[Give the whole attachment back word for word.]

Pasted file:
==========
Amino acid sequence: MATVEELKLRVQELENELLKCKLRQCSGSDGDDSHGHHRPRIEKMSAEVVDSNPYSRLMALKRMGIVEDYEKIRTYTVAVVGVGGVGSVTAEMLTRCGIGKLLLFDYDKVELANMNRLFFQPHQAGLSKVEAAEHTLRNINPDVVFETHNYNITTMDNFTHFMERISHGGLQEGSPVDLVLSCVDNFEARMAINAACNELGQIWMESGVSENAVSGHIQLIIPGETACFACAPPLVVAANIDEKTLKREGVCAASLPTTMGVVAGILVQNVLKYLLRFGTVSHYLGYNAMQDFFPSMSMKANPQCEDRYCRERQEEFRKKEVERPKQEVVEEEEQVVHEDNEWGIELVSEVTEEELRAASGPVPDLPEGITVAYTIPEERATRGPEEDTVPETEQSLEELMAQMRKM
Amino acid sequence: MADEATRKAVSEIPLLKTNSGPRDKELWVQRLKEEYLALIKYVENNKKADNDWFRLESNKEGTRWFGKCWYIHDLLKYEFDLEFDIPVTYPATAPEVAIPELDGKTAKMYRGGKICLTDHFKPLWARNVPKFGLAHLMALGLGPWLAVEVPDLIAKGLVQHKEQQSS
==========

Amino acid sequence: MATVEELKLRVQELENELLKCKLRQCSGSDGDDSHGHHRPRIEKMSAEVVDSNPYSRLMALKRMGIVEDYEKIRTYTVAVVGVGGVGSVTAEMLTRCGIGKLLLFDYDKVELANMNRLFFQPHQAGLSKVEAAEHTLRNINPDVVFETHNYNITTMDNFTHFMERISHGGLQEGSPVDLVLSCVDNFEARMAINAACNELGQIWMESGVSENAVSGHIQLIIPGETACFACAPPLVVAANIDEKTLKREGVCAASLPTTMGVVAGILVQNVLKYLLRFGTVSHYLGYNAMQDFFPSMSMKANPQCEDRYCRERQEEFRKKEVERPKQEVVEEEEQVVHEDNEWGIELVSEVTEEELRAASGPVPDLPEGITVAYTIPEERATRGPEEDTVPETEQSLEELMAQMRKM
Amino acid sequence: MADEATRKAVSEIPLLKTNSGPRDKELWVQRLKEEYLALIKYVENNKKADNDWFRLESNKEGTRWFGKCWYIHDLLKYEFDLEFDIPVTYPATAPEVAIPELDGKTAKMYRGGKICLTDHFKPLWARNVPKFGLAHLMALGLGPWLAVEVPDLIAKGLVQHKEQQSS